China Southern Airlines' UK office overlooks capacity-constrained London Heathrow airport, where efforts to build a third runway are still years away from fruition.
The difference in its home market could not be more stark. A huge terminal has just opened at its Guangzhou Baiyun International airport hub, while Beijing Daxing International airport – the capital city's second facility – is set to open towards the end of next year.
Both are central to China Southern's growth plans, explains Jian Zhang, the carrier's UK general manager.
"Our target is to handle 40% of the passenger traffic at the new [Beijing] airport, and we are going to deploy more than 200 aircraft [there] by 2025," he says of the facility, which is to have a capacity of 72 million passengers in its first phase.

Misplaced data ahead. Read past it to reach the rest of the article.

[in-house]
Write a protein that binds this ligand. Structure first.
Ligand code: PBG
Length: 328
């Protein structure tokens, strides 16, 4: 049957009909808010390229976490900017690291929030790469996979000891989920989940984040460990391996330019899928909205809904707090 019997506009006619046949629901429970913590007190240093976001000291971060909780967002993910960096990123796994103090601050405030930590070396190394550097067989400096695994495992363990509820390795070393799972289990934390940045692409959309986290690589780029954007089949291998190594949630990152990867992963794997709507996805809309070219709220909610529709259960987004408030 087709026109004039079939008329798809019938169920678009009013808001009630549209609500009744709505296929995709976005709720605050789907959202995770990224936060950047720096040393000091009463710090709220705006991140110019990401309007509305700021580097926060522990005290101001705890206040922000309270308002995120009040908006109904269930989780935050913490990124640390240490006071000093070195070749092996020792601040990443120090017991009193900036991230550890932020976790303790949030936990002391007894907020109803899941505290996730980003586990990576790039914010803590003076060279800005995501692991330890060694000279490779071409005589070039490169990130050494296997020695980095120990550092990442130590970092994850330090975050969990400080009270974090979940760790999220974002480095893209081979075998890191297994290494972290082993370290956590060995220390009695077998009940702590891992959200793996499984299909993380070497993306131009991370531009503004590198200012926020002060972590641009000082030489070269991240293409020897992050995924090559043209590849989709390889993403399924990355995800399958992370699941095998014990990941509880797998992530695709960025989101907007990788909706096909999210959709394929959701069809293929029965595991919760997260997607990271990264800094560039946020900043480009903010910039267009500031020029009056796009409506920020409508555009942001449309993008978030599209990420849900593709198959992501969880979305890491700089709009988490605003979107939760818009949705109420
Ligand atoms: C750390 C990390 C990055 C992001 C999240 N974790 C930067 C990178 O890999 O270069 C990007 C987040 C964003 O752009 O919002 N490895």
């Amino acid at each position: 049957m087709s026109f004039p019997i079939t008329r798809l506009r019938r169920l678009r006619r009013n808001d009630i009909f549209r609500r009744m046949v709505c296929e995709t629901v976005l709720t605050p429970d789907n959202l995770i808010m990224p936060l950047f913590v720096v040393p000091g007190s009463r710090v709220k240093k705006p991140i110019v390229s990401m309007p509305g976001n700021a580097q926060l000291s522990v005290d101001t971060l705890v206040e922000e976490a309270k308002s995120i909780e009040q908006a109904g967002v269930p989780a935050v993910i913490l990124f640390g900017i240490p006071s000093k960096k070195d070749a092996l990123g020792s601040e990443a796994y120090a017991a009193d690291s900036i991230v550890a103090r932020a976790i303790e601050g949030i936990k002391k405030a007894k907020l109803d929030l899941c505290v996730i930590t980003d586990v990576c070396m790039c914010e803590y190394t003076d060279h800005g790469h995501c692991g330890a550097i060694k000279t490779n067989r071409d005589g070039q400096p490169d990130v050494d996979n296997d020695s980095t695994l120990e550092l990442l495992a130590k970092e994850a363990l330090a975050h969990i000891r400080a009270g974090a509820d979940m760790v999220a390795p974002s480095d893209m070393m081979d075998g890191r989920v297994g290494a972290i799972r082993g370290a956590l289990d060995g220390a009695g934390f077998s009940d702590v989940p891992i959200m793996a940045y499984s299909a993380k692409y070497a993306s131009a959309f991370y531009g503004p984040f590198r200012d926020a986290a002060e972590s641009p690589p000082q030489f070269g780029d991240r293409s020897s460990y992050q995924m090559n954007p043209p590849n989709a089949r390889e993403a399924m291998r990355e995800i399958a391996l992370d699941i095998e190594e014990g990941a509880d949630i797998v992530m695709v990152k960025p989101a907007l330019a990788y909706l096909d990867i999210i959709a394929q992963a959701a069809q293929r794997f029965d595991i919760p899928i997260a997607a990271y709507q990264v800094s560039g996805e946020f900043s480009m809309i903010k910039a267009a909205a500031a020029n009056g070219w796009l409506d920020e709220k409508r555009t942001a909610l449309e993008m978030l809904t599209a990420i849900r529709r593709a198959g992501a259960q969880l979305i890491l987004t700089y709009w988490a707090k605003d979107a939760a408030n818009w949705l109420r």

"Beijing has always been a very hard aviation market, where airlines are competing fairly for big market share," Zhang says. "If you can operate at Beijing airport, you can earn a lot of money because the traffic is huge."
Under current plans, Air China will anchor the old airport, which is currently handling passenger numbers way beyond its 82 million capacity, while China Southern and China Eastern Airlines will be the main players at Daxing.
"We are planning to launch more new long-haul routes from the new Beijing airport," Zhang says. That includes "more flights to Europe and America".
The carrier has already set up a subsidiary to operate from the airport – China Southern Airline Xiongan was founded earlier this year.
Amid growth in Beijing and elsewhere, Zhang adds that the China Southern group's fleet is currently more than 800 aircraft, "but our target is [that] by 2020, the number is increased to 1,000", he says.